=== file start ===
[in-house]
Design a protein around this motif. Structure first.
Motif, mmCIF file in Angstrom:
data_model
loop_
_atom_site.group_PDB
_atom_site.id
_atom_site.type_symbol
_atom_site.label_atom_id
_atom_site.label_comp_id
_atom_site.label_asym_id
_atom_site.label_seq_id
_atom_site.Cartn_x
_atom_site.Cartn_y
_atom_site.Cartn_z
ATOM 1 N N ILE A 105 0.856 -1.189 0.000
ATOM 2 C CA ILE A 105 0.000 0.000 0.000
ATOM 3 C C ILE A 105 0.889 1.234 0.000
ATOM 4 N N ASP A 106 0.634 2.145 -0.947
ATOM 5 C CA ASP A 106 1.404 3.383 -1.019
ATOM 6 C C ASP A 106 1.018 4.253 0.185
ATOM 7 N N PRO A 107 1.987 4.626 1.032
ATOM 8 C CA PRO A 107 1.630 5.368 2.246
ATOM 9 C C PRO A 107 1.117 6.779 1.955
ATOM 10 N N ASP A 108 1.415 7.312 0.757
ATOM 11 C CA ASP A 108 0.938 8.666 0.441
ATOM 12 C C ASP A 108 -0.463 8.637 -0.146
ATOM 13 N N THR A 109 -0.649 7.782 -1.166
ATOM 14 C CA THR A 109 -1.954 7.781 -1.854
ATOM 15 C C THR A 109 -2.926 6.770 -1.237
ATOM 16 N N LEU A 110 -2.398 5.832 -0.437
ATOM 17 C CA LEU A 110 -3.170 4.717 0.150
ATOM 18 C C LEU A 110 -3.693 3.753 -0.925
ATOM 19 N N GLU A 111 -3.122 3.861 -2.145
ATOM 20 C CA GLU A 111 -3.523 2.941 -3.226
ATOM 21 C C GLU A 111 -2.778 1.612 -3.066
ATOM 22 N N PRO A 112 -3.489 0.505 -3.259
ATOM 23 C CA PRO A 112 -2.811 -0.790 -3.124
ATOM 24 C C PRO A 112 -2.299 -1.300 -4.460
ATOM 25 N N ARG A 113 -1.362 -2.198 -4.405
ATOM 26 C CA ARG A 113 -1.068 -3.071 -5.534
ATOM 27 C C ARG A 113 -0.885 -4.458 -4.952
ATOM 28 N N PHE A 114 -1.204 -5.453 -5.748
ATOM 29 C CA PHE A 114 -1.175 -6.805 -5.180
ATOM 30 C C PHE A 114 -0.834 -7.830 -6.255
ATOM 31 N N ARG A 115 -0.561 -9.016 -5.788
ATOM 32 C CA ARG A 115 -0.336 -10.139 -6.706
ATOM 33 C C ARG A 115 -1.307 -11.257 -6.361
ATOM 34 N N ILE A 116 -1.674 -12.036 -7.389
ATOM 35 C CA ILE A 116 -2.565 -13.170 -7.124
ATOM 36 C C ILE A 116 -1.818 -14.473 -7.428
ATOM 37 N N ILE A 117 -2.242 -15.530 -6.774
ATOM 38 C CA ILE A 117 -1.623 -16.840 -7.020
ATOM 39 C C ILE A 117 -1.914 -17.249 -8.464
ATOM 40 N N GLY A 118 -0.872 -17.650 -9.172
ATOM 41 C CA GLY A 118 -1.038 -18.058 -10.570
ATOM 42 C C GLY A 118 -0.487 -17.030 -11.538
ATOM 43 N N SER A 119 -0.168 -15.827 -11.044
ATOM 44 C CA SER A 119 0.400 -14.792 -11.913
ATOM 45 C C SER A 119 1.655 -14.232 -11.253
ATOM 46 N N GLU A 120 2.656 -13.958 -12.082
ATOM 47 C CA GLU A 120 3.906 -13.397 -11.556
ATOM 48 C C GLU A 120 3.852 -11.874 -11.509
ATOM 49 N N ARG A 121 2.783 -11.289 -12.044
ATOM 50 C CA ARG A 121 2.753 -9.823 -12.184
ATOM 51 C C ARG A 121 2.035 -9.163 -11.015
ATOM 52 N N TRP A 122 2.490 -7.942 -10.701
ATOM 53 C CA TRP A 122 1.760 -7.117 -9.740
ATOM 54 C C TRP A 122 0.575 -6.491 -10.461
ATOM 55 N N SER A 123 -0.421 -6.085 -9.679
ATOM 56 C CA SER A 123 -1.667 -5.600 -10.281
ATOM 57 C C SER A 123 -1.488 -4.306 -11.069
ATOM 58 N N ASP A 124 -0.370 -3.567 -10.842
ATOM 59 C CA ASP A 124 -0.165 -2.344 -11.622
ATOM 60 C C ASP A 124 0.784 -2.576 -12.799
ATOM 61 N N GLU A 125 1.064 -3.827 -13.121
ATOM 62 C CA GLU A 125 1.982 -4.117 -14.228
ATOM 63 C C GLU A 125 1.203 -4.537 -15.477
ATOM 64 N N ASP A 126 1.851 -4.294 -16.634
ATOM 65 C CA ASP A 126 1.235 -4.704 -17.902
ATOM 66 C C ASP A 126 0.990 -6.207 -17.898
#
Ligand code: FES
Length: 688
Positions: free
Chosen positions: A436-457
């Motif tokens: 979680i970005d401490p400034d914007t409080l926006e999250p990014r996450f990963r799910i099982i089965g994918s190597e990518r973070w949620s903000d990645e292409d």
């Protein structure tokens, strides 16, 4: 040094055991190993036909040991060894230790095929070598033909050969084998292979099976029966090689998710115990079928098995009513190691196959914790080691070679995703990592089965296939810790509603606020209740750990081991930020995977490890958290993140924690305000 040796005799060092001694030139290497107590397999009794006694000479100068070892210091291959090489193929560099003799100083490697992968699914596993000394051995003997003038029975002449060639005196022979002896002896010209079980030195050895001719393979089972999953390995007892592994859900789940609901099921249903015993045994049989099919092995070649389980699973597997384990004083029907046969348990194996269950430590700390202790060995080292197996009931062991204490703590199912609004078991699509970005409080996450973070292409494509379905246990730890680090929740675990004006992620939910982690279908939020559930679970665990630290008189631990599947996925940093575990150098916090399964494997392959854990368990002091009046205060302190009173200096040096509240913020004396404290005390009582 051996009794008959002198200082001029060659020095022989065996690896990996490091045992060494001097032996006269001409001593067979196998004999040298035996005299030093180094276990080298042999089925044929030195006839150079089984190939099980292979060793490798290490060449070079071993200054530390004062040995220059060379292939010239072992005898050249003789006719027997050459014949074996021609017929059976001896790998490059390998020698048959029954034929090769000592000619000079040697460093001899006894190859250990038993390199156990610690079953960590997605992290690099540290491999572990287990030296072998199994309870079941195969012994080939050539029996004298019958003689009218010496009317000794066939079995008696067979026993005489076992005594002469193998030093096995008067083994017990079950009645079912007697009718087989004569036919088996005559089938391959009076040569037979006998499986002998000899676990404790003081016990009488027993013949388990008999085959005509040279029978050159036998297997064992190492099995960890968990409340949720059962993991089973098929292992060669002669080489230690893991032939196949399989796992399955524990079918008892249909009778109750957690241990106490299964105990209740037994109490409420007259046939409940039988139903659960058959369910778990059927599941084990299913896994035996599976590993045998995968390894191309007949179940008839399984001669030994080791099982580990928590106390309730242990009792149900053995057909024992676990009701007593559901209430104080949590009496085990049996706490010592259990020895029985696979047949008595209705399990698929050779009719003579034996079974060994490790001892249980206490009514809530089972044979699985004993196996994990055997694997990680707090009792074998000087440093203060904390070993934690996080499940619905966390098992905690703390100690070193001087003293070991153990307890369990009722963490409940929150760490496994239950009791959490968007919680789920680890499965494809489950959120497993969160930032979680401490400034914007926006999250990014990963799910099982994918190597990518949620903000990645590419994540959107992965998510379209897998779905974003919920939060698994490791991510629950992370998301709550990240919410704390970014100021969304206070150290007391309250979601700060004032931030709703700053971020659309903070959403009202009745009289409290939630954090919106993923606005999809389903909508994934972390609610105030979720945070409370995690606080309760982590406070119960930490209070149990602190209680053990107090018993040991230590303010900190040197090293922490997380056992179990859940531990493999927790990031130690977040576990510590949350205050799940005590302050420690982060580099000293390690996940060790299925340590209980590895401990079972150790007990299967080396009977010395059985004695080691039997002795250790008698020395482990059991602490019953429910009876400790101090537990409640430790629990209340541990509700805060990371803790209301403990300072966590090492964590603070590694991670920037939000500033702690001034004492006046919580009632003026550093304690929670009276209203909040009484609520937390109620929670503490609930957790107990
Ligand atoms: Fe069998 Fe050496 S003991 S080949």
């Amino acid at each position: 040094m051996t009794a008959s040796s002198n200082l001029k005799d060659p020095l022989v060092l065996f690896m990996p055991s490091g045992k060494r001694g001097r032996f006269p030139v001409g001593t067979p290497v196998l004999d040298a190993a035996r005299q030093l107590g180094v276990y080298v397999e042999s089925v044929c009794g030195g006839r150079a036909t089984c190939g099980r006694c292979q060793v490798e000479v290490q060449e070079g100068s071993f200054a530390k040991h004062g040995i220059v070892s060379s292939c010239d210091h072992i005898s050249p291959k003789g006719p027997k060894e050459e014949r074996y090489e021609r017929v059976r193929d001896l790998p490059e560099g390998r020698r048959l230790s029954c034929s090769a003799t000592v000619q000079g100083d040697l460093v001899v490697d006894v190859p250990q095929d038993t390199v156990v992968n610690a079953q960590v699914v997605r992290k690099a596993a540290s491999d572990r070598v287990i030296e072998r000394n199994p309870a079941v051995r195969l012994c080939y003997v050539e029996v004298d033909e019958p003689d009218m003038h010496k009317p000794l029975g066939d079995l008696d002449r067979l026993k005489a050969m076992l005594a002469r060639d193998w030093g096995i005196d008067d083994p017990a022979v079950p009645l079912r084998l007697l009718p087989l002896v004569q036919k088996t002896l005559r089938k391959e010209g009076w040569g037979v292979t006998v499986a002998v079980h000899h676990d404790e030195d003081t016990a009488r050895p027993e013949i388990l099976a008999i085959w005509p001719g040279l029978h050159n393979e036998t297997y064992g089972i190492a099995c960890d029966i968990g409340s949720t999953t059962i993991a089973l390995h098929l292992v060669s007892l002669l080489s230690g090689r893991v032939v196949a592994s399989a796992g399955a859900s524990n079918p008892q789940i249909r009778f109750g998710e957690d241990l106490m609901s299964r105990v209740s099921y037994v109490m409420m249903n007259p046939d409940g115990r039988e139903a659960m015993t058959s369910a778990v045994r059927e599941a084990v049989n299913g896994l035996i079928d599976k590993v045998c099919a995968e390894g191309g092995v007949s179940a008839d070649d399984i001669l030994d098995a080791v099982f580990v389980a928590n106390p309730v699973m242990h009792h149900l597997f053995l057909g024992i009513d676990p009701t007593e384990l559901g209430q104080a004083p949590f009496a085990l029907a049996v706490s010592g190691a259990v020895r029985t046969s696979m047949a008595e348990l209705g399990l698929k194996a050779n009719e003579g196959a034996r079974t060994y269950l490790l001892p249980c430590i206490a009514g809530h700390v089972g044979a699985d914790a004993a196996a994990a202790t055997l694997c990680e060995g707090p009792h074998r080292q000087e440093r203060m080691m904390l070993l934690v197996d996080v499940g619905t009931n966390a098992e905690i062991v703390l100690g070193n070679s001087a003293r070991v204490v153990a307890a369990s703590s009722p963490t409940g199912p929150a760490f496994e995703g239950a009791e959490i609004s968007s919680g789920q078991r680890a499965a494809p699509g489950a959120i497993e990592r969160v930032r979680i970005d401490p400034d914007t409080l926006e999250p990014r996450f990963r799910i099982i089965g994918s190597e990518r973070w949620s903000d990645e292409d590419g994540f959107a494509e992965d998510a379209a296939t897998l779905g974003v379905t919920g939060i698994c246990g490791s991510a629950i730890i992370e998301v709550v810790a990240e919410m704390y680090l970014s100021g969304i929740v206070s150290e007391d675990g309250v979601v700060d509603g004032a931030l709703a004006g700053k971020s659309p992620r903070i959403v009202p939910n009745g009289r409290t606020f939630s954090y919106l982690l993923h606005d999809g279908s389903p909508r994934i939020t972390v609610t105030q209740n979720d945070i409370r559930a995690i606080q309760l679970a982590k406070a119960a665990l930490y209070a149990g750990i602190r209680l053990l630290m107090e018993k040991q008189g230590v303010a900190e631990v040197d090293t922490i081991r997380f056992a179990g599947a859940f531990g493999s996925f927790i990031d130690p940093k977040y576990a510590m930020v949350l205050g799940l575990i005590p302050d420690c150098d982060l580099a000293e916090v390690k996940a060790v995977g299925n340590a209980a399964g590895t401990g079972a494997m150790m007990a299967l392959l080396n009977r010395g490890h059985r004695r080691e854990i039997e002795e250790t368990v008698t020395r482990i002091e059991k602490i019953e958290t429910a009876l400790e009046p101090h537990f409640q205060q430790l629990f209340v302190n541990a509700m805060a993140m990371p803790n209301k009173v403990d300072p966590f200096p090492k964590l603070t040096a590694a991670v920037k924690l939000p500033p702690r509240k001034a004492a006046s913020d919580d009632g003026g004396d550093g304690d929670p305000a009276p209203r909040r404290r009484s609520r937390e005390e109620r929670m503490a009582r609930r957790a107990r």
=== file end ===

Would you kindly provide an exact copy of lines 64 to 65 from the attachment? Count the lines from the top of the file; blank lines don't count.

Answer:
ATOM 49 N N ARG A 121 2.783 -11.289 -12.044
ATOM 50 C CA ARG A 121 2.753 -9.823 -12.184